Published On:18 April 2012
Posted by Indian Muslim Observer

Azam-Bukhari row: Mulayam Singh Yadav struggles to cut Azam Khan to size, prop up Imam Bukhari as new Muslim leader

By Mohammad Shahid Parvez

Lucknow: With the Samajwadi Party chief Mulayam Singh Yadav accepting almost all the demands of Shahi Imam Maulana Ahmad Bukhari the spat between the Imam of Jama Masjid Ahmad Bukhari and the state Urban Development Minister Azam Khan has ended at least for the time being. Mulayam’s shrewd move giving prominence to the imam over his old time colleague and senior party leader Azam Khan shows that the party chief has not forgiven his senior colleague for creating trouble for the party leadership by his regular tantrums and wants to cut him to size. By propping up the Imam as the new Muslim leader, the Samajwadi Party chief has given the message to Azam to remain in his limit.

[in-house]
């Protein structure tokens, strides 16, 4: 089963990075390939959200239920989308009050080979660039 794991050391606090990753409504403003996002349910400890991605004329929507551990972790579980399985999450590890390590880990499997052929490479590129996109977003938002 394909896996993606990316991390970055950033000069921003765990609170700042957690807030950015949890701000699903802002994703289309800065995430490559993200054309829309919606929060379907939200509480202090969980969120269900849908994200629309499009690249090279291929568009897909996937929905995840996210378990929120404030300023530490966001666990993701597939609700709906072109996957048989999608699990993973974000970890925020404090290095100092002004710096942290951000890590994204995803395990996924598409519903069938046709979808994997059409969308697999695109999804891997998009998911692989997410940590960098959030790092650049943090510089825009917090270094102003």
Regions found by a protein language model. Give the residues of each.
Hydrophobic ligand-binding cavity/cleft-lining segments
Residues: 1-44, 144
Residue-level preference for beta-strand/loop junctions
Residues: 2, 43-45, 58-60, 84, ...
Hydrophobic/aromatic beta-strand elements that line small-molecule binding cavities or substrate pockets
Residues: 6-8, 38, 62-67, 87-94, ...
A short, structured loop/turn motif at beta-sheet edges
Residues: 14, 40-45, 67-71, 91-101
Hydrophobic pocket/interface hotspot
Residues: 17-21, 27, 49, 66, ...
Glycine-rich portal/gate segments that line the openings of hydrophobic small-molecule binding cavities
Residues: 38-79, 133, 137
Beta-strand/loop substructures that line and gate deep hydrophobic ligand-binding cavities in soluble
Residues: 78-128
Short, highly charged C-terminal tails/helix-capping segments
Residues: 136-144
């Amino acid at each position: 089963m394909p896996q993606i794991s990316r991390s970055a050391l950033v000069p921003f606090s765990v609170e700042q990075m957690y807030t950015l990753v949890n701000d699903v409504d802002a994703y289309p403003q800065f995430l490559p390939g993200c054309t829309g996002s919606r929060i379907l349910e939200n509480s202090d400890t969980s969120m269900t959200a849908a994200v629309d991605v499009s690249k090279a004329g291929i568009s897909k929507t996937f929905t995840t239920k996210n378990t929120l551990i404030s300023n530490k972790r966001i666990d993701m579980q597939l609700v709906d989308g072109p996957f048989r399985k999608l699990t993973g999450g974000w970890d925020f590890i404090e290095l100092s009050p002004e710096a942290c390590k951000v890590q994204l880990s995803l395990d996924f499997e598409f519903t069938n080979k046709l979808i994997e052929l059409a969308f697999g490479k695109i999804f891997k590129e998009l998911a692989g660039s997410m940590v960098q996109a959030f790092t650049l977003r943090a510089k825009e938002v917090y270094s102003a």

But whatever the political compulsions of the Samajwadi Party leaders, the episode has done no good to either the Muslim community or the party itself. The people saw with amusement the two Muslim leaders indulging in mudslinging at each other and both claiming to be the real representatives of the community fighting for its cause. The matter was made worse when groups of ulema took sides, one supporting Bukhari and the other issuing fatwa against the imam. Azam Khan who is opposed to religious persons indulging in politics has never been on good terms with Bukhari and had initially opposed an Assembly ticket to the imam’s son in-law Umar Ali and later his nomination to the UP Council after his defeat in Assembly poll. But the real trouble began when Bukhari rejected the offer allegedly demanding a council seat and ministerial berth for Umar and a Rajya Sabha ticket for his brother Yahya Bukhari in the name of proportional representation to Muslims. This irked Azam Khan, who accused the imam of serving his vested interest in the grab of Muslim representation. Allegations and counter allegations followed tarnishing the image of the community.